There are other AR devices out there, like nReal Light. Apple needs to open iOS to work with it, such as a fitness tracker and smart watch.

Sarah Tew / CNET

Expect the iPhone to also support VR and other AR

While Apple Glass might be Apple’s biggest focus, that doesn’t mean there can’t be, or shouldn’t be, competitors. For example, there are plenty of smart watches and fitness trackers that work with the iPhone. What’s annoying for trackers and other watches is how they are blocked in more limited interactions with iOS than Apple Watch. That can be the same at the end of the road, if the connected VR and AR headsets are allowed to work with future iOS updates. This is where the direction of Qualcomm with mobile chips, and Google Android will most likely follow.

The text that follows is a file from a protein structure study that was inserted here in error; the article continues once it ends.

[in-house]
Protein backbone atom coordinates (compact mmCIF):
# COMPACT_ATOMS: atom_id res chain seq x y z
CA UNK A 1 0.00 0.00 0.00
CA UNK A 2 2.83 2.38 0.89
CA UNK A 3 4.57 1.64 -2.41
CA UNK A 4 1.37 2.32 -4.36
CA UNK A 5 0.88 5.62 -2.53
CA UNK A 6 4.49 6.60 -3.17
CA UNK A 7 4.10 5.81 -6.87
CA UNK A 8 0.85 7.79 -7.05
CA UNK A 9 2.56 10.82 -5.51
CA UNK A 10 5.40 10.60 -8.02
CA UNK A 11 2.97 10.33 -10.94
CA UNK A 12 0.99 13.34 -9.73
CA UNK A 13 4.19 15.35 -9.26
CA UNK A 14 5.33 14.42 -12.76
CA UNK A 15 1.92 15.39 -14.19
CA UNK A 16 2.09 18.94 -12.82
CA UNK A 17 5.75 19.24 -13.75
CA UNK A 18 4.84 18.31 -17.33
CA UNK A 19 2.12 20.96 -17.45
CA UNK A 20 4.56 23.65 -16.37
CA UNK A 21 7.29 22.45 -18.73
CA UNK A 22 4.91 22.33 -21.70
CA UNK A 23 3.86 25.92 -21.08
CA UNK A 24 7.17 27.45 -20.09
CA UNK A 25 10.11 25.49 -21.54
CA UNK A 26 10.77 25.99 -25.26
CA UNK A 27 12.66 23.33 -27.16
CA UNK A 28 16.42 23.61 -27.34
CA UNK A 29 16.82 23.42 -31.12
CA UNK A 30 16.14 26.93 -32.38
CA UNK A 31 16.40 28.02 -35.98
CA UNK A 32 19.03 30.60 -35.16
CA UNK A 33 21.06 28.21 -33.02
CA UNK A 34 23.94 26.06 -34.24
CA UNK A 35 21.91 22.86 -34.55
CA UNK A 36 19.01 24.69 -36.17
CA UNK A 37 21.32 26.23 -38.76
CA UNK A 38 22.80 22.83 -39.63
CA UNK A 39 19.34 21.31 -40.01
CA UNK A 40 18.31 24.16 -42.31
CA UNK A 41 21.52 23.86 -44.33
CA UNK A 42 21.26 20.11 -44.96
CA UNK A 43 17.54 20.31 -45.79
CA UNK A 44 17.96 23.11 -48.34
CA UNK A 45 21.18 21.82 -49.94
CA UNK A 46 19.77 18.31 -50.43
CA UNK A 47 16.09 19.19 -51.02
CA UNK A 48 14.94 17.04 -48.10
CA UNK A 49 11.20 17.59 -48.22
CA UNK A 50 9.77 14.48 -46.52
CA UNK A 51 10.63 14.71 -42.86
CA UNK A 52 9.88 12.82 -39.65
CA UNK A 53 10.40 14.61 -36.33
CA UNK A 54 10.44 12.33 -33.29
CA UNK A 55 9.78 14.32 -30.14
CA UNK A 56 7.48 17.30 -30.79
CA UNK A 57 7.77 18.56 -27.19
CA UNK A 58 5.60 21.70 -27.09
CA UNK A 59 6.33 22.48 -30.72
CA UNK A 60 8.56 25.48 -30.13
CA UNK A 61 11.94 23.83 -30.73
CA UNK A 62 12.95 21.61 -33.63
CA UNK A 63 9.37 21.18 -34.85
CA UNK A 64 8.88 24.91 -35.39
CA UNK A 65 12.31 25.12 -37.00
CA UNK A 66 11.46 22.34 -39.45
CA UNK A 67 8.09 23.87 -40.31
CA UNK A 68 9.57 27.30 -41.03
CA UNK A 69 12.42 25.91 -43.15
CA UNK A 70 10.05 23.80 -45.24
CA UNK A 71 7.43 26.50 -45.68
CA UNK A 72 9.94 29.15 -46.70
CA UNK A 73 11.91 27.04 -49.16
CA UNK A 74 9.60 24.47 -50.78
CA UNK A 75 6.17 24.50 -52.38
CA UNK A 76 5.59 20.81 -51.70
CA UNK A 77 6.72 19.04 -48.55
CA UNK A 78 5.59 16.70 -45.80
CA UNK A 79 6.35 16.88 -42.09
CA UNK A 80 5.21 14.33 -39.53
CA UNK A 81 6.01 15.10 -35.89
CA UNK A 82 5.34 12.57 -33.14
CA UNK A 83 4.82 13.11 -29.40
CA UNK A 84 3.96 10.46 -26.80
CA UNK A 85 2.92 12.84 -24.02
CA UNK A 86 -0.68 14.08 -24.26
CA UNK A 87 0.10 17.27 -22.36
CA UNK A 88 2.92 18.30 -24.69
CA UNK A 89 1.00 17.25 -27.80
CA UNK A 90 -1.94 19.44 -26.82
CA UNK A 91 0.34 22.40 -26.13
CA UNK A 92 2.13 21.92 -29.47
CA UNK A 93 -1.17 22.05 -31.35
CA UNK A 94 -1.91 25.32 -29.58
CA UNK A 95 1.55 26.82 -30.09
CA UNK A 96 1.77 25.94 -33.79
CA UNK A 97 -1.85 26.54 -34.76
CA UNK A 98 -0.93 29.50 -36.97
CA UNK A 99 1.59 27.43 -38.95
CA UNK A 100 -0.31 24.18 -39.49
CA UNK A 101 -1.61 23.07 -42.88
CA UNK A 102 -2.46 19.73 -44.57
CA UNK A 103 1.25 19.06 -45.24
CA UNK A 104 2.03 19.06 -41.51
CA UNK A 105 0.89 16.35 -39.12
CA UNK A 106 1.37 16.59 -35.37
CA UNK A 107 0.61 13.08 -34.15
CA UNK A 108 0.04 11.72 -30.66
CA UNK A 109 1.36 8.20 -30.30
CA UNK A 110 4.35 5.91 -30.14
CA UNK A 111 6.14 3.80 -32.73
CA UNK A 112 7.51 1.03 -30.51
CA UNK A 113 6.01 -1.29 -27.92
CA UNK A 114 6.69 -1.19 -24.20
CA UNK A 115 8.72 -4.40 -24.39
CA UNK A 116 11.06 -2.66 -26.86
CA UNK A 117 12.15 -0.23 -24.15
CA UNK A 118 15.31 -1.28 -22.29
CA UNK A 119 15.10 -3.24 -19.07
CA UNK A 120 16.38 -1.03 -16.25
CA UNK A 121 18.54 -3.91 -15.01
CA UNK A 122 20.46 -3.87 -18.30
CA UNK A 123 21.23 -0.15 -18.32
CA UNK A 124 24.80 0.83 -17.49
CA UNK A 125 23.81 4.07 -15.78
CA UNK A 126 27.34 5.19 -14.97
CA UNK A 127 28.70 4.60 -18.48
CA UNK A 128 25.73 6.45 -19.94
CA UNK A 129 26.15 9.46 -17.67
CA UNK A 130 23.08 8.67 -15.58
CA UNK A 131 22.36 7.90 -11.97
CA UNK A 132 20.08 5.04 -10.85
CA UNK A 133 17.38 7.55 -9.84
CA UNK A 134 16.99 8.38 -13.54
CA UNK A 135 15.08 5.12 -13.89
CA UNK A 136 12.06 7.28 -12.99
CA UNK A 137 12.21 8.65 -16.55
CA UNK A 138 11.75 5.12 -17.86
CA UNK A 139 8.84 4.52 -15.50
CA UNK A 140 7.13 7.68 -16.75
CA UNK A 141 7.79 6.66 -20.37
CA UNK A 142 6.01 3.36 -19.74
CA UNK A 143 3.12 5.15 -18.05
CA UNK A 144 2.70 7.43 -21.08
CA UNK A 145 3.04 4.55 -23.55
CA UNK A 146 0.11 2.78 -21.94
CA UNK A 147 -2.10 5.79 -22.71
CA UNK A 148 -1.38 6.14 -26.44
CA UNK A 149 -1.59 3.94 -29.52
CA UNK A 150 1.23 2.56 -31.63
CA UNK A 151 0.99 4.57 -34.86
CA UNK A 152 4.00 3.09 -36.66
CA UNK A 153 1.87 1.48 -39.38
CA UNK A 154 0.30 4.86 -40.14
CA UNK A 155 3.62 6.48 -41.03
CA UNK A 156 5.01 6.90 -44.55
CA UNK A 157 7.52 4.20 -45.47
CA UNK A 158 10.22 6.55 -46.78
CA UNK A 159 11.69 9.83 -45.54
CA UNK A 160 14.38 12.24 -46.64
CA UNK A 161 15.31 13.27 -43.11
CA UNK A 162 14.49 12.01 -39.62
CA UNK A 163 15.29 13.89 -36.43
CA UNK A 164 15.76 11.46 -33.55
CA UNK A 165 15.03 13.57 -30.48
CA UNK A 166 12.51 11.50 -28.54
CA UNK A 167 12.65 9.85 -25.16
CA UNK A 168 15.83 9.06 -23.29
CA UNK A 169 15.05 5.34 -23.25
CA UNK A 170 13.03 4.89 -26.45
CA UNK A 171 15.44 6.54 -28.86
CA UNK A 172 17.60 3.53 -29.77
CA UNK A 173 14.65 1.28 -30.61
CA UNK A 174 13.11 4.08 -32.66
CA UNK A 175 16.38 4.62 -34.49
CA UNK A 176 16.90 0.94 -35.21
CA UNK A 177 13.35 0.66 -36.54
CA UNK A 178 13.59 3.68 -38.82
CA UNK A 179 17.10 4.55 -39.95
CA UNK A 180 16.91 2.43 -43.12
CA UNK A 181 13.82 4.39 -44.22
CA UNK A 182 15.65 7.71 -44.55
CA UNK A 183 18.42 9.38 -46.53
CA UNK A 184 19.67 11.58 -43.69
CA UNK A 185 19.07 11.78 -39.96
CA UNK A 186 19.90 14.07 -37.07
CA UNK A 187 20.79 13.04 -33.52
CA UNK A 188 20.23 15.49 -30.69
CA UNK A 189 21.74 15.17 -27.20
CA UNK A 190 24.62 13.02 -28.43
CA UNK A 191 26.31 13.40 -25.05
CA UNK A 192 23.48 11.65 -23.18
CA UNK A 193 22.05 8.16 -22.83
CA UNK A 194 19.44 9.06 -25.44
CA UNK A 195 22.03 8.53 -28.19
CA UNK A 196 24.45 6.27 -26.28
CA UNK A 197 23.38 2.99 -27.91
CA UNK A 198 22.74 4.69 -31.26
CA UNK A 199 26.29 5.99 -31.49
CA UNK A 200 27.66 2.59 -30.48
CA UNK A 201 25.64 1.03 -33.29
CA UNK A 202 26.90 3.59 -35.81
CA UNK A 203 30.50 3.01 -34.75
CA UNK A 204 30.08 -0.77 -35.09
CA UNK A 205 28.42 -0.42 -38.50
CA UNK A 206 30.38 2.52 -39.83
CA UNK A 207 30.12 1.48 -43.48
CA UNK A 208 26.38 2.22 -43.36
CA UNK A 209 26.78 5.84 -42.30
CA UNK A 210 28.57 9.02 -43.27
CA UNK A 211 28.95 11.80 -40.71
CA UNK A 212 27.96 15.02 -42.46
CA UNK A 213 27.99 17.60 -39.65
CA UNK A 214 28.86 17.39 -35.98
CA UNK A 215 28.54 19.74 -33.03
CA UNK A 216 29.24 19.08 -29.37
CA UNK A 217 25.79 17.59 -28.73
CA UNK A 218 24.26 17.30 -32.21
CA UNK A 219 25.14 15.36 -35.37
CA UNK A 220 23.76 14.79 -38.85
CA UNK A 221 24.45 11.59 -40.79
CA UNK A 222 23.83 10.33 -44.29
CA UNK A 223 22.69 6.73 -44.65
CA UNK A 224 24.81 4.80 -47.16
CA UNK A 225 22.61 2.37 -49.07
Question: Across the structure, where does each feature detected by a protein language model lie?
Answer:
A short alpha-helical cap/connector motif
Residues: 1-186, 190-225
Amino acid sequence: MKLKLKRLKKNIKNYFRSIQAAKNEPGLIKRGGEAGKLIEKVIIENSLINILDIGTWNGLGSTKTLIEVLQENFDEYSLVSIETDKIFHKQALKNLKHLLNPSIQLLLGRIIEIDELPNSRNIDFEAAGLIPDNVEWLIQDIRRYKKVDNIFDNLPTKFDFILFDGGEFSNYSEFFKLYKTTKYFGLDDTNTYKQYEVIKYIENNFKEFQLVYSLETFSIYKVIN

Launch date: Still can be in a year

New Apple products tend to be announced months before they arrive, maybe even more. The iPhone, Apple Watch, HomePod and iPad all follow this path. The Prosser Report said the first announcement could come with the next iPhone in the fall; this is a standard Apple event as previously planned with precoronavirus (which probably won’t happen). Even then, the actual availability might be 2021. This is in line with Shara Tibken report from way back in 2018.

Developers will need a long start to get used to developing Apple eyewear, and make applications work and flow with whatever design guidelines Apple will make. Apple Glass sounds like the culmination of years of acquisition, recruitment, and drama behind the scenes, but they might not arrive as fast as you think.